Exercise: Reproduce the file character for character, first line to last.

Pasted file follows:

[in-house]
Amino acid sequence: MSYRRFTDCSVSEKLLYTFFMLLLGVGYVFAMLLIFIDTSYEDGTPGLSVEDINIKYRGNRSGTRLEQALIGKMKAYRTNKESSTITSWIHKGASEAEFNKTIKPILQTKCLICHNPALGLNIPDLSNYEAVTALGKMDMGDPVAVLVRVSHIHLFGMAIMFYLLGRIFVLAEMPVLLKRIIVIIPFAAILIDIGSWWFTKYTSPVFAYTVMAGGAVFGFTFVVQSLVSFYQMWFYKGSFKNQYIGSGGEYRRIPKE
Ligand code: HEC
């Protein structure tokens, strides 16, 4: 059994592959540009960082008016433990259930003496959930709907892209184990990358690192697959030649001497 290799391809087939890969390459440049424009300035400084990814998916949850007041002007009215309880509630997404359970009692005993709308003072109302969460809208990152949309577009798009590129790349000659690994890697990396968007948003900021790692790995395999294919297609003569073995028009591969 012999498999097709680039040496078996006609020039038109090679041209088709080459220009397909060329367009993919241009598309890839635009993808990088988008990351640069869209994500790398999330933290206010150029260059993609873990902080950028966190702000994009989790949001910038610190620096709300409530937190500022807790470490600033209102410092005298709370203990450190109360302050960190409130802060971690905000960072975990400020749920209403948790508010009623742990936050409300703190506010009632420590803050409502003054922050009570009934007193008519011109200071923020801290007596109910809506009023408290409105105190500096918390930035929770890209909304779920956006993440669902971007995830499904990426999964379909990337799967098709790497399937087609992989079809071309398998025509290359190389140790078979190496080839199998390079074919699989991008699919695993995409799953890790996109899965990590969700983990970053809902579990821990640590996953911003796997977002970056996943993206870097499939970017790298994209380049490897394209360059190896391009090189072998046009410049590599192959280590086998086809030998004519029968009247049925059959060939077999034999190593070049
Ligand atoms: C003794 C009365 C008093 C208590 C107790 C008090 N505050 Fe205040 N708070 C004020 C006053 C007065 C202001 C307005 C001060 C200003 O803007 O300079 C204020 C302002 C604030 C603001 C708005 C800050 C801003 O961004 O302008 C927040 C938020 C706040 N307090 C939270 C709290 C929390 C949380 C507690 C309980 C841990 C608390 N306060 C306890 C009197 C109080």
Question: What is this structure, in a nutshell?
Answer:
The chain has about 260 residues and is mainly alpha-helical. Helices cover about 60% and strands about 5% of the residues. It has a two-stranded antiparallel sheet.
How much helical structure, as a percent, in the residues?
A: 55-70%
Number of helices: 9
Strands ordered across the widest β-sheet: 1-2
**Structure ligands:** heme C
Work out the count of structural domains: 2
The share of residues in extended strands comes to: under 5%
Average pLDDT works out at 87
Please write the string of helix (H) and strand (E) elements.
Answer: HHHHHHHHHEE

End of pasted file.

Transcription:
[in-house]
Amino acid sequence: MSYRRFTDCSVSEKLLYTFFMLLLGVGYVFAMLLIFIDTSYEDGTPGLSVEDINIKYRGNRSGTRLEQALIGKMKAYRTNKESSTITSWIHKGASEAEFNKTIKPILQTKCLICHNPALGLNIPDLSNYEAVTALGKMDMGDPVAVLVRVSHIHLFGMAIMFYLLGRIFVLAEMPVLLKRIIVIIPFAAILIDIGSWWFTKYTSPVFAYTVMAGGAVFGFTFVVQSLVSFYQMWFYKGSFKNQYIGSGGEYRRIPKE
Ligand code: HEC
């Protein structure tokens, strides 16, 4: 059994592959540009960082008016433990259930003496959930709907892209184990990358690192697959030649001497 290799391809087939890969390459440049424009300035400084990814998916949850007041002007009215309880509630997404359970009692005993709308003072109302969460809208990152949309577009798009590129790349000659690994890697990396968007948003900021790692790995395999294919297609003569073995028009591969 012999498999097709680039040496078996006609020039038109090679041209088709080459220009397909060329367009993919241009598309890839635009993808990088988008990351640069869209994500790398999330933290206010150029260059993609873990902080950028966190702000994009989790949001910038610190620096709300409530937190500022807790470490600033209102410092005298709370203990450190109360302050960190409130802060971690905000960072975990400020749920209403948790508010009623742990936050409300703190506010009632420590803050409502003054922050009570009934007193008519011109200071923020801290007596109910809506009023408290409105105190500096918390930035929770890209909304779920956006993440669902971007995830499904990426999964379909990337799967098709790497399937087609992989079809071309398998025509290359190389140790078979190496080839199998390079074919699989991008699919695993995409799953890790996109899965990590969700983990970053809902579990821990640590996953911003796997977002970056996943993206870097499939970017790298994209380049490897394209360059190896391009090189072998046009410049590599192959280590086998086809030998004519029968009247049925059959060939077999034999190593070049
Ligand atoms: C003794 C009365 C008093 C208590 C107790 C008090 N505050 Fe205040 N708070 C004020 C006053 C007065 C202001 C307005 C001060 C200003 O803007 O300079 C204020 C302002 C604030 C603001 C708005 C800050 C801003 O961004 O302008 C927040 C938020 C706040 N307090 C939270 C709290 C929390 C949380 C507690 C309980 C841990 C608390 N306060 C306890 C009197 C109080």
Question: What is this structure, in a nutshell?
Answer:
The chain has about 260 residues and is mainly alpha-helical. Helices cover about 60% and strands about 5% of the residues. It has a two-stranded antiparallel sheet.
How much helical structure, as a percent, in the residues?
A: 55-70%
Number of helices: 9
Strands ordered across the widest β-sheet: 1-2
**Structure ligands:** heme C
Work out the count of structural domains: 2
The share of residues in extended strands comes to: under 5%
Average pLDDT works out at 87
Please write the string of helix (H) and strand (E) elements.
Answer: HHHHHHHHHEE